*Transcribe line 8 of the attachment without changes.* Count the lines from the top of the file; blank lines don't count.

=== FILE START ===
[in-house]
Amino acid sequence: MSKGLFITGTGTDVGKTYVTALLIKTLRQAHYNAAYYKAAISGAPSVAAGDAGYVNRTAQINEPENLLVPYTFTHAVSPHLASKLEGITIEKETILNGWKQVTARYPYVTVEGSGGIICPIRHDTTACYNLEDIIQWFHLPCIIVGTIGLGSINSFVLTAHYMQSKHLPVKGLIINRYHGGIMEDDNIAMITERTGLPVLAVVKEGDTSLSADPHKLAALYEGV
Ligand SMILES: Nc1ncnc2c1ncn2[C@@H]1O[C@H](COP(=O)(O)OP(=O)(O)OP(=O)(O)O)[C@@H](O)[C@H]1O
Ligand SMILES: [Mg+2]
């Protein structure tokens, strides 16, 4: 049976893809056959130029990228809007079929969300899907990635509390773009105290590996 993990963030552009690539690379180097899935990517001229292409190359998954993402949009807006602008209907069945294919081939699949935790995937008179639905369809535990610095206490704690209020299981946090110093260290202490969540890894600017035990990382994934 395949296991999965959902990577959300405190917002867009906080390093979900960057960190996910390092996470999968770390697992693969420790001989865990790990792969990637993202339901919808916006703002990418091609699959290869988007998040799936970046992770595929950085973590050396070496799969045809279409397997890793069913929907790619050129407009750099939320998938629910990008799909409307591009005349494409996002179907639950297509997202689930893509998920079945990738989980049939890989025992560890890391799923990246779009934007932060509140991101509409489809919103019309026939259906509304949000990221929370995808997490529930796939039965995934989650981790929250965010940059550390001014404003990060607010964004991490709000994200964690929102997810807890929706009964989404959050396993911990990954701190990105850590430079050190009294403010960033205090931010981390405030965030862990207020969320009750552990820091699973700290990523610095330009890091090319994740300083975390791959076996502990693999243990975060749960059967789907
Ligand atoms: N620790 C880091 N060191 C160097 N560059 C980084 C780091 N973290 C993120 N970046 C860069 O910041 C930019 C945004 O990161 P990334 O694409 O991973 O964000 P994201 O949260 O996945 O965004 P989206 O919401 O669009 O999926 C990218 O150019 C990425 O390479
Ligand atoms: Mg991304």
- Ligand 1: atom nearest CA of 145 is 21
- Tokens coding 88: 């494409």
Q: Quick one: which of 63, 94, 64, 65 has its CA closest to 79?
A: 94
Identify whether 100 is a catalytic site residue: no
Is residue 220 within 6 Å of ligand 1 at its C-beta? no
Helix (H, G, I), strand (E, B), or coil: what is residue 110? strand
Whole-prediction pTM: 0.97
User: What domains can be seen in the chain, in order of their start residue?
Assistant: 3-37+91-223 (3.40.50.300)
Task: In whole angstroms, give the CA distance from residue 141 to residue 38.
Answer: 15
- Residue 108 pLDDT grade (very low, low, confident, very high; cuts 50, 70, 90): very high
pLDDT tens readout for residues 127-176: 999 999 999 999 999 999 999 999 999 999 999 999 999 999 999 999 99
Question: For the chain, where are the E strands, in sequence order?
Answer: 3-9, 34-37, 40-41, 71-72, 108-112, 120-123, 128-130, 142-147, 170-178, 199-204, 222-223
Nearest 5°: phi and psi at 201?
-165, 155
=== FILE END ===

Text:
- Ligand 1: atom nearest CA of 145 is 21